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AFL-CIO to target Michigan Gov. Rick Snyder, other Republican governors in 2014 election cycle

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My friend of Misery
Post Posted: Fri Aug 16, 2013 9:00 am

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Scott Schroeder wrote:
Quote:
New Orleans I watched a brief interview for USA Today with Richard Trumka, president of the AFL-CIO, on the eve of their coming convention, as he argued that with the diminishing numbers, there were changes coming at the federation. The changes he talked about mainly were some kind of broader affiliation program that was enrolling the NAACP and the Sierra Club.

Both groups have been allies of labor from time to time, and both to some degree are membership organizations with chapters around the country. But, when Trumka was asked about whether they would be full members, pay dues, or affiliate on the local level, the answers were all, essentially, “maybe” or “we’ll have to see,” both of which are euphemisms for “no,” I’m pretty sure.

This isn’t a change of strategy, but a recognition that the only power that the AFL-CIO or labor in general can pretend to still have is political power, not worker power.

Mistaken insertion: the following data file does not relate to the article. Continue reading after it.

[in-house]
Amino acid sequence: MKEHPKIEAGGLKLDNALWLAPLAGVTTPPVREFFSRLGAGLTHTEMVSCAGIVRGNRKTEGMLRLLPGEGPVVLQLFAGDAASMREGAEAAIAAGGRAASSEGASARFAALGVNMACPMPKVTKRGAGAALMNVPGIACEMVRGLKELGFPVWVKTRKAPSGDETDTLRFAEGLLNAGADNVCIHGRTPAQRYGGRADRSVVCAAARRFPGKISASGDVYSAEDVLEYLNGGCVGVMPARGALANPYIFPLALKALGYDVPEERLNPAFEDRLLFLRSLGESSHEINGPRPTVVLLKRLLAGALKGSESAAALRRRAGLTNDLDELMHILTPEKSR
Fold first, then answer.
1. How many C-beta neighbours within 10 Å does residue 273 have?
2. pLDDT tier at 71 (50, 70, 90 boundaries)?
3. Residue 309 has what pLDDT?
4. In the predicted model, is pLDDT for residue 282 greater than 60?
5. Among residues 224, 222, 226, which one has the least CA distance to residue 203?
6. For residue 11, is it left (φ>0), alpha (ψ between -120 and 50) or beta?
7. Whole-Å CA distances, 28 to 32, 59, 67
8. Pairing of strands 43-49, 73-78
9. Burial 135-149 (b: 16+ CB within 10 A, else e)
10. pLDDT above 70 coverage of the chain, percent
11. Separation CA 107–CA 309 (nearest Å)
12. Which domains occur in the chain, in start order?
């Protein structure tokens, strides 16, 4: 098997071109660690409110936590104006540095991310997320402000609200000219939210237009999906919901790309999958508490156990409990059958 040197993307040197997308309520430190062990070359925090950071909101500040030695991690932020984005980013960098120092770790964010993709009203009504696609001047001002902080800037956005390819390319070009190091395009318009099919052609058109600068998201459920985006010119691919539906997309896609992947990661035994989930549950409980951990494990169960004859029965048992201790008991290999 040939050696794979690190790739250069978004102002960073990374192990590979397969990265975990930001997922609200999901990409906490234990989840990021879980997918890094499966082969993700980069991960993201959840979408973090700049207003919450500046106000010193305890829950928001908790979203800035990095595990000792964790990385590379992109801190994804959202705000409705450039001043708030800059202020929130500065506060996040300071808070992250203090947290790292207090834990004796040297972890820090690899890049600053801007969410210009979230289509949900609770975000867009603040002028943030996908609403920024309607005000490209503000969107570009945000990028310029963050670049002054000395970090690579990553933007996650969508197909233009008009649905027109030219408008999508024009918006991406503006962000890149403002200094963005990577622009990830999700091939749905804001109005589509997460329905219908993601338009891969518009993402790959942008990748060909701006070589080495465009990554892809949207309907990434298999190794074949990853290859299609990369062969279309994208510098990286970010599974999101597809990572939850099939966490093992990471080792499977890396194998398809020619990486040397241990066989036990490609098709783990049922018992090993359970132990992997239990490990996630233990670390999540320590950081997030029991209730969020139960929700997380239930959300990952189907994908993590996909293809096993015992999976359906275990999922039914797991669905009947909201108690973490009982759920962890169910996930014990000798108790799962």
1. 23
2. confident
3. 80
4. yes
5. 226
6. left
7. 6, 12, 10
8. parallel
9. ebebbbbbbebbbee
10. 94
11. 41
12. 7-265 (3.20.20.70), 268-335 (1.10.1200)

New Strategy at AFL-CIO or Same Ol’, Same Ol’?

You can learn more of Trumka's track record here- http://en.wikipedia.org/wiki/Richard_Trumka In his early years Trumka did some good things for the coal workers, because of his upbringing. But, his history revels he focused more on being a "numbers man" and politician (talker). The exact opposite of his predecessor, John Sweeney. Who focused more on pushing for stronger federal laws and policies for various pro-worker related issues. Lets not neglect to mention Trumka's record uncovers unlawful conduct by former Secretary-Treasurer Trumka. Who (in my opinion) managed to squirm out of under the investigation of a grand jury. Because, of his strong labor connections. Are any labor leaders clean nowadays?! Where there's money, there's greed. And where there's greed, there's corruption. Greed: the TRUE green eyed monster.

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SharynS
Post Posted: Fri Aug 16, 2013 2:15 pm

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Quote:
Where there's money, there's greed. And where there's greed, there's corruption....
... and where there's corruption there's a union leader.